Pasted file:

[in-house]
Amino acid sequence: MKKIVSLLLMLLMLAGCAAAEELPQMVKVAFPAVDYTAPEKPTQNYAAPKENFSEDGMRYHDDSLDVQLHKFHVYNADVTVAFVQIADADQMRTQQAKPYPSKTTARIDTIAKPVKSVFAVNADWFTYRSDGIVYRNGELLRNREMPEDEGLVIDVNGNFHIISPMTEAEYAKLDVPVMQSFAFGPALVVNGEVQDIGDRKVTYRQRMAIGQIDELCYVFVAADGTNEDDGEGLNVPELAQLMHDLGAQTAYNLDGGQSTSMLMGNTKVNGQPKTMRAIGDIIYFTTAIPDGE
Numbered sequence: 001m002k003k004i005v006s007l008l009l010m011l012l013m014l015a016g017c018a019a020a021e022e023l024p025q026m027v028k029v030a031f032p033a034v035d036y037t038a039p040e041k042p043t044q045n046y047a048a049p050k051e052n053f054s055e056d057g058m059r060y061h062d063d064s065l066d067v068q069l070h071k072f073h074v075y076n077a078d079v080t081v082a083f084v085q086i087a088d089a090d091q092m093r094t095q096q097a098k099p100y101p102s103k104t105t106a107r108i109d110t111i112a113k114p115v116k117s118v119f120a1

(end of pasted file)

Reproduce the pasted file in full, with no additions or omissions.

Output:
[in-house]
Amino acid sequence: MKKIVSLLLMLLMLAGCAAAEELPQMVKVAFPAVDYTAPEKPTQNYAAPKENFSEDGMRYHDDSLDVQLHKFHVYNADVTVAFVQIADADQMRTQQAKPYPSKTTARIDTIAKPVKSVFAVNADWFTYRSDGIVYRNGELLRNREMPEDEGLVIDVNGNFHIISPMTEAEYAKLDVPVMQSFAFGPALVVNGEVQDIGDRKVTYRQRMAIGQIDELCYVFVAADGTNEDDGEGLNVPELAQLMHDLGAQTAYNLDGGQSTSMLMGNTKVNGQPKTMRAIGDIIYFTTAIPDGE
Numbered sequence: 001m002k003k004i005v006s007l008l009l010m011l012l013m014l015a016g017c018a019a020a021e022e023l024p025q026m027v028k029v030a031f032p033a034v035d036y037t038a039p040e041k042p043t044q045n046y047a048a049p050k051e052n053f054s055e056d057g058m059r060y061h062d063d064s065l066d067v068q069l070h071k072f073h074v075y076n077a078d079v080t081v082a083f084v085q086i087a088d089a090d091q092m093r094t095q096q097a098k099p100y101p102s103k104t105t106a107r108i109d110t111i112a113k114p115v116k117s118v119f120a1